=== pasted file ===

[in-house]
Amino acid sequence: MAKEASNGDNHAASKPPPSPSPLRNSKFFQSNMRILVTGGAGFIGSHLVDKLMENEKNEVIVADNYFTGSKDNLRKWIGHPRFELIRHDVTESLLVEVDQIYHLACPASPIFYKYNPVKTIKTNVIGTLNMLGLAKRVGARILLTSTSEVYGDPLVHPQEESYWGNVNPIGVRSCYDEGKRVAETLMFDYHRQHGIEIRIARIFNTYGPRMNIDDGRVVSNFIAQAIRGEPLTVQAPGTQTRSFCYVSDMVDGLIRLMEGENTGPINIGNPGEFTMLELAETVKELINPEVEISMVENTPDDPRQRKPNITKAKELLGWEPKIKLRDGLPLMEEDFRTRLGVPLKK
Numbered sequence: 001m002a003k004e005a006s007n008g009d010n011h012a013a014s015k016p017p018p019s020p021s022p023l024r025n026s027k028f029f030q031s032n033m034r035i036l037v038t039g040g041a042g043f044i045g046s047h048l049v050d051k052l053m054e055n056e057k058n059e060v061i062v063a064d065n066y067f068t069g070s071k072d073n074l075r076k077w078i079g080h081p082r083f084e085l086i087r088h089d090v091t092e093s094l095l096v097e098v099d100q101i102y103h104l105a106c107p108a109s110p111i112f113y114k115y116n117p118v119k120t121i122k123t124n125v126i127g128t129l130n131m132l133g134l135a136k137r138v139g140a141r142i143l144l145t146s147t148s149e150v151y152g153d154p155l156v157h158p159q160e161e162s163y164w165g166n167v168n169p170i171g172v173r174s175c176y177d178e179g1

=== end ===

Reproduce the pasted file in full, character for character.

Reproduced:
[in-house]
Amino acid sequence: MAKEASNGDNHAASKPPPSPSPLRNSKFFQSNMRILVTGGAGFIGSHLVDKLMENEKNEVIVADNYFTGSKDNLRKWIGHPRFELIRHDVTESLLVEVDQIYHLACPASPIFYKYNPVKTIKTNVIGTLNMLGLAKRVGARILLTSTSEVYGDPLVHPQEESYWGNVNPIGVRSCYDEGKRVAETLMFDYHRQHGIEIRIARIFNTYGPRMNIDDGRVVSNFIAQAIRGEPLTVQAPGTQTRSFCYVSDMVDGLIRLMEGENTGPINIGNPGEFTMLELAETVKELINPEVEISMVENTPDDPRQRKPNITKAKELLGWEPKIKLRDGLPLMEEDFRTRLGVPLKK
Numbered sequence: 001m002a003k004e005a006s007n008g009d010n011h012a013a014s015k016p017p018p019s020p021s022p023l024r025n026s027k028f029f030q031s032n033m034r035i036l037v038t039g040g041a042g043f044i045g046s047h048l049v050d051k052l053m054e055n056e057k058n059e060v061i062v063a064d065n066y067f068t069g070s071k072d073n074l075r076k077w078i079g080h081p082r083f084e085l086i087r088h089d090v091t092e093s094l095l096v097e098v099d100q101i102y103h104l105a106c107p108a109s110p111i112f113y114k115y116n117p118v119k120t121i122k123t124n125v126i127g128t129l130n131m132l133g134l135a136k137r138v139g140a141r142i143l144l145t146s147t148s149e150v151y152g153d154p155l156v157h158p159q160e161e162s163y164w165g166n167v168n169p170i171g172v173r174s175c176y177d178e179g1